Co-op, not the consumer, is the real winner from the Lloyds deal

In buying hundreds of branches from Lloyds, Co-op Bank has agreed to a great deal. But there won't be any bargains for its customers, says Phil Oakley. Here’s why.

Co-op Bank has just bought 632 branches from Lloyds Banking Group.

It's being hailed as great news. It will bring a bit of long overdue competition to Britain's cosy banking market, say the optimists, which might just shake things up among the complacent big players.

It's certainly good news for Co-op. As well as all those new branches, it will take on 4.8 million new customers, £24bn of assets and £24bn of liabilities. Meanwhile, its share of the current account market will grow to 7%.

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At the price it's paying, that looks like a good deal. Co-op will issue £350m of new debt that will be fully underwritten by Lloyds. It will pay a further £400m (in present value terms) dependent on how well the business does in the future. And Lloyds will put £1.5bn of equity into the business before selling it.

So the Co-op is paying £750m for a business with £1.5bn of equity - or half book value. Of course, Lloyds could argue that it got a good price: its whole business is currently valued by the stock market at just 0.45 times book value.

However, unlike outside investors, hopefully the Co-op will have some idea about the quality of the assets it's taking on and can come to a better judgement on what they are worth.

What this does tell us though is that people don't want to pay a lot of money for bank assets. Given the state of the banking system and the UK economy this seems quite sensible. We don't fancy banking stocks ourselves.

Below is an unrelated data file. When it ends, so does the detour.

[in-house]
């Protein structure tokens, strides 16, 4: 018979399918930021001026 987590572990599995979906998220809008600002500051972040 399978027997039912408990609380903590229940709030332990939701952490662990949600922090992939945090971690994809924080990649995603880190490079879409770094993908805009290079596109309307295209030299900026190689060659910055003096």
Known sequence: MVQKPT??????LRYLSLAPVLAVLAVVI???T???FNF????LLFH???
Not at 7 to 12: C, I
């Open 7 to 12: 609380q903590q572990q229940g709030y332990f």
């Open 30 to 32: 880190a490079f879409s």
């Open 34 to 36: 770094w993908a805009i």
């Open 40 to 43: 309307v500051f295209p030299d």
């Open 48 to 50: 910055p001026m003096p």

But enough about Co-op. What does it mean for consumers? Will they be better off?

There's certainly no doubt that more competition is needed after the last Labour government allowed (or forced depending on your view) Lloyds to buy Halifax. But it's not clear that anything will change much.

At a time when banks are seen by many as doing little for society, the Co-op is lauded as being something different. Not owned by shareholders, it says it is free to do the right thing by its customers and put something back into communities. This may be true, although it still had to make a £90m provision for mis-selling PPI insurance last year.

And compared to Lloyds, which has a loan book 30% bigger than its deposit base, the Co-op is more prudently financed with a loan to deposit ratio of 94%. In other words, its deposits more than cover its loans.

It has no exposure to dodgy eurozone government bonds, nor to investment bankers getting paid lots of money to gamble with other people's. Having more high street branches with this kind of set up might be enough to get some people to shift their money away from the big banks.

But what will they be getting in return? Scour the best buy tables for savings accounts and mortgages and you'll struggle to find the Co-op. Britannia Building Society - owned by the Co-op since 2009 - has some reasonable rates on its fixed-term bonds but that's about it.

Competition in the banking market is only going to make a difference to consumers if someone starts to offer higher rates to savers and lower rates to borrowers. This is unlikely to happen for two reasons.

Firstly, higher rates for savers would be passed on to borrowers who might start to struggle to meet their interest payments. Secondly, lowering lending rates would squeeze profits (the spread between income received from borrowers and income paid out to savers would fall). Despite its ethical stance, even the Co-op has to make a profit.

Sure, you can offer a better customer experience and a better attitude, which is no bad thing in itself - although internet banks like First Direct have a good reputation for this as well.

But the levels of debt in the UK banking and household sector means that lower prices for banking customers looks some way off. As a result, this may be a better deal for the Co-op than British consumers.

Phil spent 13 years as an investment analyst for both stockbroking and fund management companies.


After graduating with a MSc in International Banking, Economics & Finance from Liverpool Business School in 1996, Phil went to work for BWD Rensburg, a Liverpool based investment manager. In 2001, he joined ABN AMRO as a transport analyst. After a brief spell as a food retail analyst, he spent five years with ABN's very successful UK Smaller Companies team where he covered engineering, transport and support services stocks.


In 2007, Phil joined Halbis Capital Management as a European equities analyst. He began writing for Moneyweek in 2010.

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